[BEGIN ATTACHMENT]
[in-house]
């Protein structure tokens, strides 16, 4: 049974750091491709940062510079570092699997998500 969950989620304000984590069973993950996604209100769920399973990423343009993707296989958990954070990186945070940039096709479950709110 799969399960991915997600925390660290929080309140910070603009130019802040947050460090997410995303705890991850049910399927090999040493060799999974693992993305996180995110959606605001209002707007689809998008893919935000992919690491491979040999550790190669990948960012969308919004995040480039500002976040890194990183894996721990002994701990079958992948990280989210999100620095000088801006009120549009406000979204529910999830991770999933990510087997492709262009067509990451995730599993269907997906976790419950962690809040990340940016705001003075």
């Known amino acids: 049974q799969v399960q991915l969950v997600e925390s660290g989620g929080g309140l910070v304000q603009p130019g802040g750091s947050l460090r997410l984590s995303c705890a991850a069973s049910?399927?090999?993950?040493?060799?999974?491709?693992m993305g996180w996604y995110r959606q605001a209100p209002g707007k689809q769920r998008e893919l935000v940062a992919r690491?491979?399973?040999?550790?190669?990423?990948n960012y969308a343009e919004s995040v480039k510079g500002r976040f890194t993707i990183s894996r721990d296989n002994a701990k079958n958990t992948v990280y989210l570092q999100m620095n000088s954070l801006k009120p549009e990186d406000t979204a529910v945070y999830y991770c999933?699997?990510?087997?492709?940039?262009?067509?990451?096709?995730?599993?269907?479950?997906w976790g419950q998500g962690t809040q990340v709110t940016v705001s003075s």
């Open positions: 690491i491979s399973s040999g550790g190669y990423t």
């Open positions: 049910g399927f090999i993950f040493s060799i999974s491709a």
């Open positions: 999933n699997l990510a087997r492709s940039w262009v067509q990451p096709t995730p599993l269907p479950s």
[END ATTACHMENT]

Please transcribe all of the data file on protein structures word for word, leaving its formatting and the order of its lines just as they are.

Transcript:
[in-house]
């Protein structure tokens, strides 16, 4: 049974750091491709940062510079570092699997998500 969950989620304000984590069973993950996604209100769920399973990423343009993707296989958990954070990186945070940039096709479950709110 799969399960991915997600925390660290929080309140910070603009130019802040947050460090997410995303705890991850049910399927090999040493060799999974693992993305996180995110959606605001209002707007689809998008893919935000992919690491491979040999550790190669990948960012969308919004995040480039500002976040890194990183894996721990002994701990079958992948990280989210999100620095000088801006009120549009406000979204529910999830991770999933990510087997492709262009067509990451995730599993269907997906976790419950962690809040990340940016705001003075």
């Known amino acids: 049974q799969v399960q991915l969950v997600e925390s660290g989620g929080g309140l910070v304000q603009p130019g802040g750091s947050l460090r997410l984590s995303c705890a991850a069973s049910?399927?090999?993950?040493?060799?999974?491709?693992m993305g996180w996604y995110r959606q605001a209100p209002g707007k689809q769920r998008e893919l935000v940062a992919r690491?491979?399973?040999?550790?190669?990423?990948n960012y969308a343009e919004s995040v480039k510079g500002r976040f890194t993707i990183s894996r721990d296989n002994a701990k079958n958990t992948v990280y989210l570092q999100m620095n000088s954070l801006k009120p549009e990186d406000t979204a529910v945070y999830y991770c999933?699997?990510?087997?492709?940039?262009?067509?990451?096709?995730?599993?269907?479950?997906w976790g419950q998500g962690t809040q990340v709110t940016v705001s003075s």
């Open positions: 690491i491979s399973s040999g550790g190669y990423t």
């Open positions: 049910g399927f090999i993950f040493s060799i999974s491709a």
């Open positions: 999933n699997l990510a087997r492709s940039w262009v067509q990451p096709t995730p599993l269907p479950s």